“In the interest of weight reduction, the drive chain is reduced in size from 530 to 525.”

A whole list of parts has been lightened, including the tires (new Bridgestone BT56, designed to warm up to operating temperature sooner), the cylinder head cover (now magnesium) and even the frame. The new design of the frame and swing arm means that sections of the frame are now open-backed, instead of closed. The frame is triple-box section, instead of quad-box section as before, but is claimed more rigid in critical areas, although the frame’s designers have actually gone for less rigidity in places, finding after extensive research something that seat-of-the-pants frame builders always knew — a little torsional frame flex is good for handling.

Honda engineers were at pains to point out that lateral (side to side) strength is not compromised. A new, curved radiator keeps the same cooling area but decreases width.

There are also smaller, lighter, worldwide turn signals. The new tires, BT56F and BT56R Bridgestone Battlaxes front and rear, have a new tread pattern claimed to optimize cornering grip. The conventional front suspension has been reworked for lightness, and now boasts compression damping adjustability in addition to rebound and preload adjustment. Rear suspension has also been altered, with a smaller diameter piston claimed to give a greater range of adjustments, and a reworked linkage ratio giving more progressive damping over a longer amount of travel.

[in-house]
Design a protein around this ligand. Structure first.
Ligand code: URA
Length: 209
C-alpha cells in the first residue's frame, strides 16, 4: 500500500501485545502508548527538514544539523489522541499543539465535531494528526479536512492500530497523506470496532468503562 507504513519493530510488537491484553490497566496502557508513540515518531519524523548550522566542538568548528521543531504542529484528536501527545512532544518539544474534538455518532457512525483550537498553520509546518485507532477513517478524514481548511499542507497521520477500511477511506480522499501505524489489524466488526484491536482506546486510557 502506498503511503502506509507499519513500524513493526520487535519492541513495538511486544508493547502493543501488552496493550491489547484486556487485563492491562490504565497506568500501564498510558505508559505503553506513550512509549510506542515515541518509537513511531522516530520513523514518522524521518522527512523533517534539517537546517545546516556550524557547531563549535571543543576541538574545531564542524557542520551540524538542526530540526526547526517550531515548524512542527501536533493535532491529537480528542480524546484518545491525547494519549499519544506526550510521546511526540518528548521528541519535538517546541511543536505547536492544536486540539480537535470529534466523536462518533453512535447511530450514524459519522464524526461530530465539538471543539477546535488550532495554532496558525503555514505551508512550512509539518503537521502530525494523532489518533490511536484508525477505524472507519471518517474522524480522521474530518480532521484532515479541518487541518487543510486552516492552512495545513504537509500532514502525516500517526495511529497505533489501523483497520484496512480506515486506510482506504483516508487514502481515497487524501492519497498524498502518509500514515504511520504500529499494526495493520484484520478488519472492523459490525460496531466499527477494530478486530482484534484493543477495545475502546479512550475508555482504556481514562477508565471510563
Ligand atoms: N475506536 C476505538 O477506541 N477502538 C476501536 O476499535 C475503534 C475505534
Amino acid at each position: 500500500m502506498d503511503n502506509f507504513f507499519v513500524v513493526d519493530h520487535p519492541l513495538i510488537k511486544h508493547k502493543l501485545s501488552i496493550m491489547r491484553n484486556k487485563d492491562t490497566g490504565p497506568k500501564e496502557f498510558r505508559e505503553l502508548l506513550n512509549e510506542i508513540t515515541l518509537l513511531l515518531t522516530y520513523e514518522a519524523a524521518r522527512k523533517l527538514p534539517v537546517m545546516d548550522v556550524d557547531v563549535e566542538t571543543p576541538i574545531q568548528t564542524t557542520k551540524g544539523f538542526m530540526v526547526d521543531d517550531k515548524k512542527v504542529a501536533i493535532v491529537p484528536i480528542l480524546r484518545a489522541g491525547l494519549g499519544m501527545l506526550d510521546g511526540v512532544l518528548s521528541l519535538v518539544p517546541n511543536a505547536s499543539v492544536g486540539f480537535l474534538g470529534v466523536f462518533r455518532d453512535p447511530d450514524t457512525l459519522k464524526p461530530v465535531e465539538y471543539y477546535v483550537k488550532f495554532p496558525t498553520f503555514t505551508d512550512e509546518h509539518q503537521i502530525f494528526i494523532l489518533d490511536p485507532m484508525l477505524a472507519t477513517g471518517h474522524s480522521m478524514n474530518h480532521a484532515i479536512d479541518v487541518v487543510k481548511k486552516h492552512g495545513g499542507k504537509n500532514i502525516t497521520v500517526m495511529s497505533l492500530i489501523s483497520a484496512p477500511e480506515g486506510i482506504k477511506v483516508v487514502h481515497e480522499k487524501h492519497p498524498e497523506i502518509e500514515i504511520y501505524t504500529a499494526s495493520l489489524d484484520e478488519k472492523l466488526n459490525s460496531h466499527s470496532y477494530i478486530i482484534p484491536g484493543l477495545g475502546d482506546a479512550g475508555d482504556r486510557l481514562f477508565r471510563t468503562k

Even the transmission has been reworked to lessen the gaps between first through third gears, and provide a higher overall sixth gear. Likely the only changes the average CBR900RR owner will actually notice are the reworked handlebars, the 10mm higher seat and the much narrower, more svelte fuel tank. These improvements combine to give the CBR a much lighter, easier to handle feeling. Before, the tank would get in the way of knees and elbows when cranking in hard to a turn: Now the tank is not a barrier, and the bike feels smaller because of it. Power is, like before, seriously adequate. Bang the throttle up to the 11,000 rpm redline, and you’d better be pointed in the right direction.

The capabilities of this bike are frustrating at the track. It’s one that repays seat time with even greater levels of performance. Or maybe I’m just rusty. Anyway, after many laps around Willow I found myself only just starting to trust the revamped Honda at the end of the day, and then even more amazed that it would go wherever I pointed it. Okay Honda, you’ve convinced me, lighter and more powerful means faster and better.